The trickiest part of a kids' clothing exchange is the variety of sizes among all the kids. Second-toughest is making sure the clothing brought in isn't too worn out to last for another rough-and-tumble kid. Plan for these two complications with some clear communication before the big event.
With the invites, attach a short survey for the guests to fill out and return before the big day. Include questions that ask parents to provide the clothing sizes of the items they'll be bringing to exchange, as well as the number and type of clothing they intend to bring. Set a minimum number of items for each parent so there is enough clothing to exchange in each size category.
The survey should also ask parents what sizes their kids are currently wearing so that you can ensure there will be the right-size clothing for every parent to exchange. Also request that parents inspect the clothing for excessive wear and tear before bringing the items to the party.
Once you have all the surveys back, double-check to make sure that the sizes of the clothes needed and the clothes being donated match up. For example: If a parent is bringing size 4 girls items and needs size 5 girls items, make sure another parent is bringing some size 5 girls items, while a third needs size 4 girls items.
Of course, the problem remains that the oldest siblings among all the invited guests won't have anyone larger to exchange clothes with. To handle this issue, ask all parents attending the event to contribute a small sum toward gift cards for the oldest/biggest kids. Sidestep the new clothes controversy by purchasing the gift cards at a local clothing exchange store or a thrift store.
Every successful event needs refreshments, and most kids expect take-home favors at parties -- but don't blow the money saved through the clothing exchange on an expensive spread or a multitude of door prizes.
Go with generic sodas and bottled juices for your beverage options. For food, request that parents attending the event bring a bag of chips or a box of cookies to share. If you'd rather plan the party around a meal, request parents bring a salad to pass. For the entree, pick up inexpensive hamburger patties, hot dogs and buns.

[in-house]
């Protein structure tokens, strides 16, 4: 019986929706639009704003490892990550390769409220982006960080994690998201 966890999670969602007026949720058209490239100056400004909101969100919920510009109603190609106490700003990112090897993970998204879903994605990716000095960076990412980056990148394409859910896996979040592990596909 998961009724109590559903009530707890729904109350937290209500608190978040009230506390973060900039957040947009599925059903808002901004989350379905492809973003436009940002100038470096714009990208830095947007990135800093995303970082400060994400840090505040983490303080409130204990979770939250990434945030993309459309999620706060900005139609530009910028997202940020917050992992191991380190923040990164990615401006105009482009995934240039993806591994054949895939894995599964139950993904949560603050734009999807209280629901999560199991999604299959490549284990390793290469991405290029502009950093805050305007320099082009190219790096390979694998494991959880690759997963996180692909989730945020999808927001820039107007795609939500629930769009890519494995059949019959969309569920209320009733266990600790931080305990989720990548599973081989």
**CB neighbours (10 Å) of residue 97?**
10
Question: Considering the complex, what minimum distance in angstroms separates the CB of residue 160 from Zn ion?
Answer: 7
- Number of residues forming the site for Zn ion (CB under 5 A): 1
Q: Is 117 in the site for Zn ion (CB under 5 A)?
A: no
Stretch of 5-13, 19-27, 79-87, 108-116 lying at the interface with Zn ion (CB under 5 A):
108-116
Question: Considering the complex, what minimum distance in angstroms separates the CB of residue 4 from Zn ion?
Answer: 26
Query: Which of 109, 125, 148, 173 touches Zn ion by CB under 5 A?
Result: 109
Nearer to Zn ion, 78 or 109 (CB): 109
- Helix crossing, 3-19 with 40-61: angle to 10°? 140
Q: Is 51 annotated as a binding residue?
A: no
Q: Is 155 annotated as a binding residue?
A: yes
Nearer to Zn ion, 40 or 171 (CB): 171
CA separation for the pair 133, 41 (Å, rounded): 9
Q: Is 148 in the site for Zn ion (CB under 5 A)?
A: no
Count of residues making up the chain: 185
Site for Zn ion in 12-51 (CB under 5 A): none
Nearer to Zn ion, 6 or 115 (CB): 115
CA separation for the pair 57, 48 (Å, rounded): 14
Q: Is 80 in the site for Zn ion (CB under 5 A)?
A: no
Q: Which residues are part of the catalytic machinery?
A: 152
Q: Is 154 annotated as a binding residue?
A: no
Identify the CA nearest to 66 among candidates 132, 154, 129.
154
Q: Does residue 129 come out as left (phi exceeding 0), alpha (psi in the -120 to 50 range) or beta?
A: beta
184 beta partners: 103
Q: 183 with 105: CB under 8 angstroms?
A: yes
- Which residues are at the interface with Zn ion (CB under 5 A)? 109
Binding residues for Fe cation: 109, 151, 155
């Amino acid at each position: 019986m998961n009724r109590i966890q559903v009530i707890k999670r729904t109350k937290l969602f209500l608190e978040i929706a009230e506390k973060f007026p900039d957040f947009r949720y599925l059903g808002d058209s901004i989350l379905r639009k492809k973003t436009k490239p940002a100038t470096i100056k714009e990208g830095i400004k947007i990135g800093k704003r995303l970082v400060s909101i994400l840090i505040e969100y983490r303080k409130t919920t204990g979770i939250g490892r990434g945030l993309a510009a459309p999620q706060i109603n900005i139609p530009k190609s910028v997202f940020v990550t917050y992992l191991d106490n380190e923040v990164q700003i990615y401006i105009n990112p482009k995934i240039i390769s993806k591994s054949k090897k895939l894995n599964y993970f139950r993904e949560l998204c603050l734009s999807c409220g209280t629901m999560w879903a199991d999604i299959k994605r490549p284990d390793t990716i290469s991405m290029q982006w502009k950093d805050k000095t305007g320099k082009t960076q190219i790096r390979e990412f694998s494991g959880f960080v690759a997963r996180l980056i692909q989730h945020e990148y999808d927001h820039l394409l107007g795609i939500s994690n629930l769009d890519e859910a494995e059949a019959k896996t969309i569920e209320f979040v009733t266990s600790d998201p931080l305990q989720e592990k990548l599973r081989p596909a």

Party favors go a long way toward pacifying those kids who yearn for brand-new school clothes. Hit your local dollar store to purchase inexpensive school supplies that are both fun and useful -- such as colorful folders, pencils and novelty erasers.
If you've planned properly, you'll have several kids needing and several parents donating for each of the clothing sizes represented at the party. Keep kids from fighting over the clothes they want by devising a playground-style selection system.
Have the kids in each clothing-size group pull a number out of a hat. Follow the order forward for the first round, meaning that the child with "one" selects first and so on. For round two, reverse the order so the last child with the highest number selects two items in a row and the child with number one selects last.
When the party's over, chances are you'll have a selection of clothing that no one took home. Put these leftovers to good use by selling the items for cash that can go towards the gift cards for the largest-sized children.
As a second option for the un-exchanged clothing, consider donating them to a charity -- perhaps even one that gives out free school clothes to other needy children.